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Surjective function

  1. Apr 24, 2010 #1
    Consider the function f: Z -> Z, where f(x) 4x+1 for each x is an element in Z, here the range of F = { ... -8, -5, -2, 1, 4, 7...} is a proper subset of Z, so f is not an onto (surjective) function.

    When one examines 3x + 1 = 8, we know x = 7/3, so there is no x in the domain Z with f(x) = 8

    But if g: Q -> Q, where g(x) = 3x+1 for x is an element in Q; and h: R -> R, where h(x) = 3x+1 for x is an element in R, both g and h are surjective function.

    What I want to ask whether my understanding true or false:

    1. We consider g is a valid surjective function because with x = 7/3, g(x) = 8, we can write 8/1, and so we consider it as a rational number

    2. We consider h is surjective because 7/3 is a real number (we can alswo rewrite 7/3 as demcial...)

    Thank you
  2. jcsd
  3. Apr 24, 2010 #2
    Yes, that's correct. This is easily seen from the form of [tex]g^{-1}[/tex] and [tex]h^{-1}[/tex].
  4. Apr 24, 2010 #3
    Just curious. You're not wrong to refer to 7/3 as real number, but most people would call it a rational number and reserve the term real number for those numbers that cannot be expressed as a fraction. Is there a reason for the way you're using this terminology?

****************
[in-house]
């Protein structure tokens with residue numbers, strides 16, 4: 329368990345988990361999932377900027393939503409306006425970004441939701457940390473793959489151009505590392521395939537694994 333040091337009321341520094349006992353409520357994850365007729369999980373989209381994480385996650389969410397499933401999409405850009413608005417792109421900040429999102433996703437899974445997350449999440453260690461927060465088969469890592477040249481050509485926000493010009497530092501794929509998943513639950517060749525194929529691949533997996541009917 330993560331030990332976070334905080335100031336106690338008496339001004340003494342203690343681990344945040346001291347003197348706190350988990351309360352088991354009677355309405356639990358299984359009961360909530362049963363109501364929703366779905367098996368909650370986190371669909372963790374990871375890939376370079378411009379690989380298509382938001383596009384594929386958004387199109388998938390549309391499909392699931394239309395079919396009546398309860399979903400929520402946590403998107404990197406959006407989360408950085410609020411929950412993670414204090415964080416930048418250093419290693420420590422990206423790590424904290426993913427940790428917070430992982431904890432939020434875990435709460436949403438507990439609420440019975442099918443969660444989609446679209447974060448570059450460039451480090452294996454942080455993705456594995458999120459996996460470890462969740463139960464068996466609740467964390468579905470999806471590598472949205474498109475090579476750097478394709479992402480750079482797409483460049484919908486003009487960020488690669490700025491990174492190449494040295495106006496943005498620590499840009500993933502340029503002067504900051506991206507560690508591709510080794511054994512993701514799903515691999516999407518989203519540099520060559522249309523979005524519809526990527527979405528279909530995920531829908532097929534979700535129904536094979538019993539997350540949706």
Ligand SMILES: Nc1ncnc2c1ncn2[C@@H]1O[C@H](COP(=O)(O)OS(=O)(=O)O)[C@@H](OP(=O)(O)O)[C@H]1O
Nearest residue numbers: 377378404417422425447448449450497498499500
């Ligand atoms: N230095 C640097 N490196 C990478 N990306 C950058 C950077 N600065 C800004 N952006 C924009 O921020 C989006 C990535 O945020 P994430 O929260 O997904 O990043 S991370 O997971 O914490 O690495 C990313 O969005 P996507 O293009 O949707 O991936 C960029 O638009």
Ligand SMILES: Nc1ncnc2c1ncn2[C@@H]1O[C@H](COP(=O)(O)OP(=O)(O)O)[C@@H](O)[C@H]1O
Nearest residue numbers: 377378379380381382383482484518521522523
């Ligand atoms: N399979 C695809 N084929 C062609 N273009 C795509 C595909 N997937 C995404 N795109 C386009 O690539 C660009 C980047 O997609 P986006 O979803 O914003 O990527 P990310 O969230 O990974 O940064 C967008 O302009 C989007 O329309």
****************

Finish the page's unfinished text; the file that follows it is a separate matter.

5. Apr 25, 2010 #4
    Hi SW. Thanks. In the given, it says "h: R -> R, where h(x) = 3x+1 for x is an element in R"

    Yeah I got the same gut feeling about these Z,Q, R, lol....

    and thank you gigasoft
  6. Apr 25, 2010 #5
    No, actually that is not correct; at least not completely, but you caught the essential idea.

    [itex]g:\mathbb{Q} \rightarrow \mathbb{Q}[/itex] is a surjective function because, for any rational b, there is a rational a, such that b = g(a) and this cannot proven by just one example, and the same goes for h and the real numbers.
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